Internationalizing js simulation files isn't easy, as the simulation is supposed to be deterministic, and completely equal between different players in a game (which may use different locales). That's why the simulation may only mark strings for translation (those strings will can found by the message extracting tool), and the actual translation has to happen in the unsynced GUI files.

Marking a string for translation is done with the markForTranslation(message) and markForTranslationWithContext(context, message) functions.

When you mark strings for translation, they're not translated yet. The string you pass still has to be translated in the GUI, but at least the GUI doesn't have to care for the actual text in the string, it just has to know the string is translatable.

For this purpose, the notifications methods in the GUI accept extended objects in the form of

{
  message: "%(person) string in printf style",
  parameters: {person: "me"},
  translateMessage: true,
  translateParameters: ["person"],
}

The parameters object gets translated with the keys in the translateParameters list thanks to the translateObjectKeys method described at the end of the page. This gives you some ways to translate only certain parameters. Note that the translatable parameters have to be marked for translation in some way, else they won't arrive in the .pot file, and never get translated. Then the message is translated if wanted, and is passed through printf with the translated parameters. This should result in a nicely translated message, without problems for synchronising the GUI.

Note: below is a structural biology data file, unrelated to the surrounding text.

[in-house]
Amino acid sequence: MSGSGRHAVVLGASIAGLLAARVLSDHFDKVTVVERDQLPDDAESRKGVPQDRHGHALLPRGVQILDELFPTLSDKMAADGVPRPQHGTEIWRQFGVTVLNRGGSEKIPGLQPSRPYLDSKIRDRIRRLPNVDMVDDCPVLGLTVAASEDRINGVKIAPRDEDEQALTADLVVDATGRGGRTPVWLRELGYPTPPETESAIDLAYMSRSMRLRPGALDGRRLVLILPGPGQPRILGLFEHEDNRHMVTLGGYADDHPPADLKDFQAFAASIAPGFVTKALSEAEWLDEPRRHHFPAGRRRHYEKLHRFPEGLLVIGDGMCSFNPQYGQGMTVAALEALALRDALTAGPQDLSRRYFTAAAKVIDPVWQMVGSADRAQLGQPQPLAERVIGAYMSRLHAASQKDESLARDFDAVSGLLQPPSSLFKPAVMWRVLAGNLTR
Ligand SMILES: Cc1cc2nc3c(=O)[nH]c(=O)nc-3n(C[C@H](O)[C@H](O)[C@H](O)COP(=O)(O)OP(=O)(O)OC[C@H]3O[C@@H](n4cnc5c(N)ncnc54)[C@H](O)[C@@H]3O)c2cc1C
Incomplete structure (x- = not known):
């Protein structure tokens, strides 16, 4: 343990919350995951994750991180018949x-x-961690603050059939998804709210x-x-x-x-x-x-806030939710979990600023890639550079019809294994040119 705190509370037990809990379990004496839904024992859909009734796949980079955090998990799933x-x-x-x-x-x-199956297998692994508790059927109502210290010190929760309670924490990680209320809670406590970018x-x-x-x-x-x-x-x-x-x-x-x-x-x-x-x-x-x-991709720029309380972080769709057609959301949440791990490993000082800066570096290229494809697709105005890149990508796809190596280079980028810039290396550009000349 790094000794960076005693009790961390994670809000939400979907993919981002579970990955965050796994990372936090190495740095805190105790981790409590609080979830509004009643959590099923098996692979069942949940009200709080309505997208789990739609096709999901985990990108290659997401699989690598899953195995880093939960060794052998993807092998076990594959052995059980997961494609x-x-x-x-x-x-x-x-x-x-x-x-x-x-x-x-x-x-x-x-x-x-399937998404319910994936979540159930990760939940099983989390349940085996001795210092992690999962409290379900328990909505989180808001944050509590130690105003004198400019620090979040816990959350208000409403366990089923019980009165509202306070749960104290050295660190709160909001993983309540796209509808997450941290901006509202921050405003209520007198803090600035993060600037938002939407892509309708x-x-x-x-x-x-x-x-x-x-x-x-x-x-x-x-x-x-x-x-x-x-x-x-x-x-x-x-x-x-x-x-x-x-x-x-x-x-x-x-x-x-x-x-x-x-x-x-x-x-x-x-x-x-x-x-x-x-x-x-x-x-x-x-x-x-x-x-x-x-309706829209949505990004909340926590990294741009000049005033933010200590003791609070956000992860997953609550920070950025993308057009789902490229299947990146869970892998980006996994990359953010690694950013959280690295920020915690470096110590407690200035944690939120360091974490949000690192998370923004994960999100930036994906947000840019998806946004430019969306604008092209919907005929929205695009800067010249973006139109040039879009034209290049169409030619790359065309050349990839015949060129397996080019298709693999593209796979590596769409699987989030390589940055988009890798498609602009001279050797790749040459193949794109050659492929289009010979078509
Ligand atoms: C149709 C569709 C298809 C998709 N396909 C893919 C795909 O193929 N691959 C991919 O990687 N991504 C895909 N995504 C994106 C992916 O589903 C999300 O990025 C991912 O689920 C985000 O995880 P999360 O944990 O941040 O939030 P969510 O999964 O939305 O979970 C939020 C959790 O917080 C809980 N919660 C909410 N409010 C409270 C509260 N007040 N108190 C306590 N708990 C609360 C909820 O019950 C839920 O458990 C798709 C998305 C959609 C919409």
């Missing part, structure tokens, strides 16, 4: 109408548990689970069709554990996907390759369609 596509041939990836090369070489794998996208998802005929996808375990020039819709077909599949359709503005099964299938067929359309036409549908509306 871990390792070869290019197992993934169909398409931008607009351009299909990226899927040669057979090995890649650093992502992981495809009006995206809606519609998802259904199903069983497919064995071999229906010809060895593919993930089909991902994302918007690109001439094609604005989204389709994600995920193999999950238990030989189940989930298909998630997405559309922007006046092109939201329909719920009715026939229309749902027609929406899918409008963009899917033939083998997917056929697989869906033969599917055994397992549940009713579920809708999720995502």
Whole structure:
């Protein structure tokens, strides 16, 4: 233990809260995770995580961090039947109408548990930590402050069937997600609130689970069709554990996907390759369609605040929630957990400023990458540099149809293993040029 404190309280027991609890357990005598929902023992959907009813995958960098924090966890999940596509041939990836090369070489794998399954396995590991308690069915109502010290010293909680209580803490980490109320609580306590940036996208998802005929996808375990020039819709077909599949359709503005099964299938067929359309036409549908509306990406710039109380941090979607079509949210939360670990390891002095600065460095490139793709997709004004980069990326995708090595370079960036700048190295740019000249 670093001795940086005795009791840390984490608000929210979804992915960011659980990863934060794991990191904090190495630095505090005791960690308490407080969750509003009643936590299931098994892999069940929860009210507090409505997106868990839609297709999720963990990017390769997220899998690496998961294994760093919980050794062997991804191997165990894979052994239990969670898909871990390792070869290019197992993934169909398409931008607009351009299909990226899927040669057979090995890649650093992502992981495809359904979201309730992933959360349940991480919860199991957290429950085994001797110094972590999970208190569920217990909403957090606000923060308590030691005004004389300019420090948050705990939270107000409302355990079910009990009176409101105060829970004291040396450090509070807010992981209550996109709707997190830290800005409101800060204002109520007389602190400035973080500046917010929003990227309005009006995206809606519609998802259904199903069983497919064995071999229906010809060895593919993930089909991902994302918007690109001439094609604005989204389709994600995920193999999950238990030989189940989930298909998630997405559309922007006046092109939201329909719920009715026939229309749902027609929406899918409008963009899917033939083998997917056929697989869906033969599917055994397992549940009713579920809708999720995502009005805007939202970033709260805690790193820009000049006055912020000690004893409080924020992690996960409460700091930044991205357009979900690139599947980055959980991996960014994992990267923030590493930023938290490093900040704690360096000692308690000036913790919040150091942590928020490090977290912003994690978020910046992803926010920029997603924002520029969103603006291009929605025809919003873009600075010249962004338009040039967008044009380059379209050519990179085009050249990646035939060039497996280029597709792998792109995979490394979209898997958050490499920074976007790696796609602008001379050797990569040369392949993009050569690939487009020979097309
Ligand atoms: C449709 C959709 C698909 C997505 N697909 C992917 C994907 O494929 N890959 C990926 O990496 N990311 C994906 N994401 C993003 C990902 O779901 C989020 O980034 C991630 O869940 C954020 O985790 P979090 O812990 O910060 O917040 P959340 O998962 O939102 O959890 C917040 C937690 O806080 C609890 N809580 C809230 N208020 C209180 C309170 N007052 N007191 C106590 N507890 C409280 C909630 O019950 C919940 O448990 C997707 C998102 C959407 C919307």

Internationalizing Data Files

Internationalizing strings from data files that are loaded by JavaScript files is a two-step process. You must:

  1. Configure the message extraction to extract the translatable strings from the data file.
  2. Use an internationalization function on the JavaScript side after you load the data file.

Configuring the Message Extraction System for Data Files

Our message extraction tool currently supports extracting data strings from: